Boston, MA – Among peer cities, Boston ranks last in terms of the number of hotel rooms within walking distance of the convention center, according a report by hotel management adviser CHMWarnick. Less than 15% of Boston’s total hotel rooms within one mile of the Boston Convention & Exhibition Center (BCEC) are committable compared to almost 40% in Washington, DC, a key competitive city.
The report, commissioned by the Massachusetts Convention Center Authority (MCCA), could help Boston get additional hotel development and put expansion plans back on the agenda after Governor Charlie Baker squashed the project last April. The report was presented to the MCCA board and other local officials earlier this week.
“We wanted to get everyone’s attention,” said David Gibbons, Executive Director for the MCCA since January. “There are not enough hotel rooms to service BCEC and Hynes sufficiently, and we are having issues with room blocks for large conventions. This report addresses a systemic problem.”
When BCEC opened in 2004, there was an expectation that the center would get more hotel rooms. “Phase One of BCEC is not really complete until you have the inventory to service it,” said Gibbons. “The first and most paramount issue is the need for proximate hotel rooms.”
Only 60% of the Seaport District’s 1,300 hotel rooms contributed to BCEC room blocks. While room supply within the immediate proximity to BCEC has increased by 510 rooms over the past five years, committable room blocks have only increased by 50 rooms.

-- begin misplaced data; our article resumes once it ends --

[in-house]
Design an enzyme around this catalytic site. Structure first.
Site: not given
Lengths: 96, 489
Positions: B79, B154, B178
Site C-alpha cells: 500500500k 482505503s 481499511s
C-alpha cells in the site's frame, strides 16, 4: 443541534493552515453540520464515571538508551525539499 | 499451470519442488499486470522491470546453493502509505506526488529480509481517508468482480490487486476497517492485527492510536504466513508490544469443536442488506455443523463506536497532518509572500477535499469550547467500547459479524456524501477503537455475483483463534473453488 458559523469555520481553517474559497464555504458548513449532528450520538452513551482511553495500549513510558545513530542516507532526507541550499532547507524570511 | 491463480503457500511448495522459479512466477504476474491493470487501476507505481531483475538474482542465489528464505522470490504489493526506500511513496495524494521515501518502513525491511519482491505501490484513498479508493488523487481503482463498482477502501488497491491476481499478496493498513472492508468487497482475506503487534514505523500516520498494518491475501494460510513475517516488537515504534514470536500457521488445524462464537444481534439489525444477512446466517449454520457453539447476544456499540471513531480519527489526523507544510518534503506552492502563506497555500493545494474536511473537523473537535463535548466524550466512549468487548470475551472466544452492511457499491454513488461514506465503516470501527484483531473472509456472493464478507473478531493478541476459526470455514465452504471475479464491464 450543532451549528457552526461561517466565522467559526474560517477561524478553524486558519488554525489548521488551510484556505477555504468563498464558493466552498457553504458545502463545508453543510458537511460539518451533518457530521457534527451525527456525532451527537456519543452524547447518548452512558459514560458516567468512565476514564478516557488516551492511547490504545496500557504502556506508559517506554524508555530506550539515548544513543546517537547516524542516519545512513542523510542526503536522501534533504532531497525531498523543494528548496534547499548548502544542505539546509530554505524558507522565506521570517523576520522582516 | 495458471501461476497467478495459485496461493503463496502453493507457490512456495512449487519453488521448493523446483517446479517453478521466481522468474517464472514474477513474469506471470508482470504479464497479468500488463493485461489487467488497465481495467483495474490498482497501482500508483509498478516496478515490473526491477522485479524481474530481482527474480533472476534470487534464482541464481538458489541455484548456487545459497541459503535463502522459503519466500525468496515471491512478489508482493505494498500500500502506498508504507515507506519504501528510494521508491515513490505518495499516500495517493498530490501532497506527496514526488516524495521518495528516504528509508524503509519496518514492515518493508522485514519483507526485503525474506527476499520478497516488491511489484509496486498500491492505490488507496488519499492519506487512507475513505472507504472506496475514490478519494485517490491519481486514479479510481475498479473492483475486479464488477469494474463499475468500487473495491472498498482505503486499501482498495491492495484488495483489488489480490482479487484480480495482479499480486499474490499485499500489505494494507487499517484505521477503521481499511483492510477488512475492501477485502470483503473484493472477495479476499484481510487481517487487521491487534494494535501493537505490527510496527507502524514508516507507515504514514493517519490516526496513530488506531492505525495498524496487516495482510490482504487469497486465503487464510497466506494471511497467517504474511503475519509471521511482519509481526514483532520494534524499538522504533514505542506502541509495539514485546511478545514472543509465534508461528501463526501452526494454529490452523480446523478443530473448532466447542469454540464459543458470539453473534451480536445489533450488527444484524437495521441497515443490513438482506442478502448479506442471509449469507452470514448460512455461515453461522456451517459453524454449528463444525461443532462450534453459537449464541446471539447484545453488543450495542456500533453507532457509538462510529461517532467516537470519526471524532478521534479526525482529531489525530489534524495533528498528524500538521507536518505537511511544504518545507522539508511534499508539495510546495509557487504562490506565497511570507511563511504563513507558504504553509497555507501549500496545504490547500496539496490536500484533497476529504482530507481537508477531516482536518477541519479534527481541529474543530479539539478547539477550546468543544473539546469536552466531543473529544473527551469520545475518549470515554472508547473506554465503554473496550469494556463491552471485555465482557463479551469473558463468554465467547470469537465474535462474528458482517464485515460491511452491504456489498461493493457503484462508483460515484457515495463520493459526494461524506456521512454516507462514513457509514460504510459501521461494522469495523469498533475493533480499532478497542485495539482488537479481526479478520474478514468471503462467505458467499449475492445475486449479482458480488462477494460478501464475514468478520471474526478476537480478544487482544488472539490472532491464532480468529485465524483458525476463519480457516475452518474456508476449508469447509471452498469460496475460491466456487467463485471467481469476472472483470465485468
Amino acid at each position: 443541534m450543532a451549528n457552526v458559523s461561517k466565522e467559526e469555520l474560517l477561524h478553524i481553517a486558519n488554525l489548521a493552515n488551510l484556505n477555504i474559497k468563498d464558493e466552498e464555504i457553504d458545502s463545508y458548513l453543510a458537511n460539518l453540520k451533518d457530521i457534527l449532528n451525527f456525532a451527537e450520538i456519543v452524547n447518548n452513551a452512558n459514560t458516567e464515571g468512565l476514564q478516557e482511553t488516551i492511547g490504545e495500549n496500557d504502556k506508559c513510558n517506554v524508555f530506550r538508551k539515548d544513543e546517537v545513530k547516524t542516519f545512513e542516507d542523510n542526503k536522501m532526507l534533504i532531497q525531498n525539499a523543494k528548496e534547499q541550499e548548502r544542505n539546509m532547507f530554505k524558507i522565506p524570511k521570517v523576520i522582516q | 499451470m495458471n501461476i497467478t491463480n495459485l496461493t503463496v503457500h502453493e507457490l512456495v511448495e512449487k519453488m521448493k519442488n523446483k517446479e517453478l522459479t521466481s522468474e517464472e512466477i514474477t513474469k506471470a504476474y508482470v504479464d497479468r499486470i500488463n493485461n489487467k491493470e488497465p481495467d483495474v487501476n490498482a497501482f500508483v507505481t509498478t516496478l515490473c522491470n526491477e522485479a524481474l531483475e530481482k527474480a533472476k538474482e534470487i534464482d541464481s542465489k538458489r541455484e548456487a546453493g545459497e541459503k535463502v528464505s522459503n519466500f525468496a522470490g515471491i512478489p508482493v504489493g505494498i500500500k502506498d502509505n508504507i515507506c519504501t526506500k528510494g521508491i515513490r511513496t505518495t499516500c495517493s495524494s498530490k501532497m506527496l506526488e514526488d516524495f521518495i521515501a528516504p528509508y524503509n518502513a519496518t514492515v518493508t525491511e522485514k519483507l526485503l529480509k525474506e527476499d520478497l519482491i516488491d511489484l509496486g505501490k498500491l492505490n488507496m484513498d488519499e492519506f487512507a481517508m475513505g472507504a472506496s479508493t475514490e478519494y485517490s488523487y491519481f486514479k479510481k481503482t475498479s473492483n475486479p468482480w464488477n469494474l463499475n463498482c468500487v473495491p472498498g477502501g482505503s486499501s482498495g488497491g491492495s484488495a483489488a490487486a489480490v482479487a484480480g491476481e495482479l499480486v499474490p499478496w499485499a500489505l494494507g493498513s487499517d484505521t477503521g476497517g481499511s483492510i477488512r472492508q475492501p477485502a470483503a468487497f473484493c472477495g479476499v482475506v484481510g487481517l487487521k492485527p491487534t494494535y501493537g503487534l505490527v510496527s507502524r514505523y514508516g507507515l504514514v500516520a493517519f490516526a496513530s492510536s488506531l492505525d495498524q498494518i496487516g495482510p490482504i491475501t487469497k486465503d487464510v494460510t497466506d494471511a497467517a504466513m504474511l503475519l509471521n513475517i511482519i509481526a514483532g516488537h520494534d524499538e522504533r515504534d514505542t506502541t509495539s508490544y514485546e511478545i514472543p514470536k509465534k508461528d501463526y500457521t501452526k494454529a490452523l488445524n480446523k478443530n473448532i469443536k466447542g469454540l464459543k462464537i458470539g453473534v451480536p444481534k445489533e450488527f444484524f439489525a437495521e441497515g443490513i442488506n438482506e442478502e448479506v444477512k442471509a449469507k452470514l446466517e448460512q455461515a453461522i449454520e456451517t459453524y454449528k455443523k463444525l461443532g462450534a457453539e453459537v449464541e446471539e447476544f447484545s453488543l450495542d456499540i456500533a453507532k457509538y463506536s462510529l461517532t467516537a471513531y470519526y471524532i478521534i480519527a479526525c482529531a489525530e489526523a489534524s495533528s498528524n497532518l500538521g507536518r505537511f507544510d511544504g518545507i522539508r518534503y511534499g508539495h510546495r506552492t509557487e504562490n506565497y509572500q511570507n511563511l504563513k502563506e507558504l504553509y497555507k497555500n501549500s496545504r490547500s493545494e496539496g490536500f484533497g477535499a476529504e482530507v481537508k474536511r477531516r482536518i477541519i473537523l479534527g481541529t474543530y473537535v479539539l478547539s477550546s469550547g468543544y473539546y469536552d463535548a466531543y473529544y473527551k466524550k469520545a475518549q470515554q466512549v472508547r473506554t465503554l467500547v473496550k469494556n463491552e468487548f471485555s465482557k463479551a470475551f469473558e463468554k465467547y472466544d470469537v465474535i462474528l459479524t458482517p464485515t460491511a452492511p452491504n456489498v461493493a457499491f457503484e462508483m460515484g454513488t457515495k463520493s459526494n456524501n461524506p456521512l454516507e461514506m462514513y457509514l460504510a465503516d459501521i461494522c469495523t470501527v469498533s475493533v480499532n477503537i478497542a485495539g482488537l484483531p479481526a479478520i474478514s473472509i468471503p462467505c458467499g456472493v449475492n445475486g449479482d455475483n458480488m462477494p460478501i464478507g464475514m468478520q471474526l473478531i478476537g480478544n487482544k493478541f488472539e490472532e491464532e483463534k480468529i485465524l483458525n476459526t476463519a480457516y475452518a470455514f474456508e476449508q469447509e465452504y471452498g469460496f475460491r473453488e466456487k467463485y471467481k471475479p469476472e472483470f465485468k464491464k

In addition, committable room blocks across the entire city have shrunk from nearly 8,000 rooms in 2011 to only 5,655 rooms in 2015, according to the report. With room rates in the city averaging $270 in 2016, hotels are yielding inventory to achieve the highest profit, and the BCEC is losing convention business to other cities with more competitive pricing.
“In the short term, I hope the hotel community will allocate more rooms to group business,” Patrick Moscaritolo, President & CEO of the Greater Boston Convention and Visitors Bureau, told Trade Show Executive. “In the mid- to long-term, we would like to see additional hotel development.”
While the report does not say how many rooms should be added, both Gibbons and Moscaritolo said the convention center needs 1,800 to 2,000 full-service hotel rooms within walking distance.
To help their cause, the report concluded: A strategy must be put in place soon, as limited opportunities or sites exist to develop new hotels in the Seaport District.
The Massachusetts Port Authority (Massport) is currently reviewing bids from six developers for a new hotel across the street from BCEC. Once planned as a 1,200-room headquarters hotel, and financed with public subsidies to service a $1 billion expansion at BCEC, Massport reduced the minimum number of rooms to 250 after expansion plans were put on hold.